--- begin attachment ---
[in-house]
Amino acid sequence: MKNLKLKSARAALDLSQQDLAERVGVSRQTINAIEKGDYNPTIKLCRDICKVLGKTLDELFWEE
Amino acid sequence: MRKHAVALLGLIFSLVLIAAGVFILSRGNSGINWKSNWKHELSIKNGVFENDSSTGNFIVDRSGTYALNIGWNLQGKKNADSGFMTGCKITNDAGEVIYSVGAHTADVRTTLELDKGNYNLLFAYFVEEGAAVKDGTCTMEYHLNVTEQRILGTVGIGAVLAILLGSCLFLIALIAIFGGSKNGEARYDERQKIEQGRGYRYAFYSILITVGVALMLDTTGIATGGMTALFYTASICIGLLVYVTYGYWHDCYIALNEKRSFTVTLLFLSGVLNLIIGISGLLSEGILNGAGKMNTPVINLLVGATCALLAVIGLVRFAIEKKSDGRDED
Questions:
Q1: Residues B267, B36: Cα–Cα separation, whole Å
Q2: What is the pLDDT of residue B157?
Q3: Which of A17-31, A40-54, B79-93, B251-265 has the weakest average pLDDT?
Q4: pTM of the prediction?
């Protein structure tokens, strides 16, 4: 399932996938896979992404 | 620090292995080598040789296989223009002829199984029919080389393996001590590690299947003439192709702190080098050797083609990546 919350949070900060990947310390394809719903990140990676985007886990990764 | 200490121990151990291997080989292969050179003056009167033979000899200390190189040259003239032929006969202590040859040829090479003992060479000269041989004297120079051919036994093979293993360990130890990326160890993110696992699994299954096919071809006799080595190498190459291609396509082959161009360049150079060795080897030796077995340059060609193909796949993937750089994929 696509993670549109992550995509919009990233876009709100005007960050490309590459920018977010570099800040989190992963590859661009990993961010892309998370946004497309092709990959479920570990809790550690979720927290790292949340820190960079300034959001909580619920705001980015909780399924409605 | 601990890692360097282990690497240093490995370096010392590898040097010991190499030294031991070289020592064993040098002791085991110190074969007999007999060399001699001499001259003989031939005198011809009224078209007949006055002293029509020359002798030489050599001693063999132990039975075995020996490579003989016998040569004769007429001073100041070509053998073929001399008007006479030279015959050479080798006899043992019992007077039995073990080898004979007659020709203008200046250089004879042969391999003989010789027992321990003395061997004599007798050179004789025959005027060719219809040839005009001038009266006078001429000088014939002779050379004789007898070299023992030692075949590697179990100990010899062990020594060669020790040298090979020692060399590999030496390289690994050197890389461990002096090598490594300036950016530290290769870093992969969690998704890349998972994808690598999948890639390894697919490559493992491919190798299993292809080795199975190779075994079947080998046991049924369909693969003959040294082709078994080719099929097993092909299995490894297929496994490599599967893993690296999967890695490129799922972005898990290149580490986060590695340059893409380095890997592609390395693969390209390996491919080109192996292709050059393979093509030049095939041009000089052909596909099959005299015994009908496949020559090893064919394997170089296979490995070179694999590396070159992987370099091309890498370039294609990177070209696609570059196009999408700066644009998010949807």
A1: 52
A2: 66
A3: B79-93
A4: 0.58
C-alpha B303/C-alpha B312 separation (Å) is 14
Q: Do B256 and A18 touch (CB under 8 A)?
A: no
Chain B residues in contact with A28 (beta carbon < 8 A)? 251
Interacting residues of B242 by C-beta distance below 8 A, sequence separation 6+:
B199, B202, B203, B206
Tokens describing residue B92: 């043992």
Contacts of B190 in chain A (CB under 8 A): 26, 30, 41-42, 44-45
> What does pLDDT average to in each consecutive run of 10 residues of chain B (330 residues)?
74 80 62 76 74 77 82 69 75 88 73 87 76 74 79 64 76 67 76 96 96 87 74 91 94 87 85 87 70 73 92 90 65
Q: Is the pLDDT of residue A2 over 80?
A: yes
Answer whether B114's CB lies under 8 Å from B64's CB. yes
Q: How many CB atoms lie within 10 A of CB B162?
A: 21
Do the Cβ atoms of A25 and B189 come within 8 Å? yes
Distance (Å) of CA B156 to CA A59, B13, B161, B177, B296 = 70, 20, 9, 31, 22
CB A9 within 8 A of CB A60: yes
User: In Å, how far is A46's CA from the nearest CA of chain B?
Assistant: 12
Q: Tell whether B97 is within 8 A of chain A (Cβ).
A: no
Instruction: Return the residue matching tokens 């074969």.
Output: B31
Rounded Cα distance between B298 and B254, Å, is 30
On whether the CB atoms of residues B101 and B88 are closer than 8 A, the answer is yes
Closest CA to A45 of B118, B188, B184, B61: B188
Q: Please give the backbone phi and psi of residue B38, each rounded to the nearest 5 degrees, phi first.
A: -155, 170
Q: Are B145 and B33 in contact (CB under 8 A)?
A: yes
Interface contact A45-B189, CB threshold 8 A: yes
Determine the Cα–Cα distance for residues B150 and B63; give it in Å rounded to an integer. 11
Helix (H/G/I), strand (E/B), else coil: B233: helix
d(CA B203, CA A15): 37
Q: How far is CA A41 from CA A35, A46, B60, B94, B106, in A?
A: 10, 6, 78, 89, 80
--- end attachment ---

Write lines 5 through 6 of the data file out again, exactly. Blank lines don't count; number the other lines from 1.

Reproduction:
Q1: Residues B267, B36: Cα–Cα separation, whole Å
Q2: What is the pLDDT of residue B157?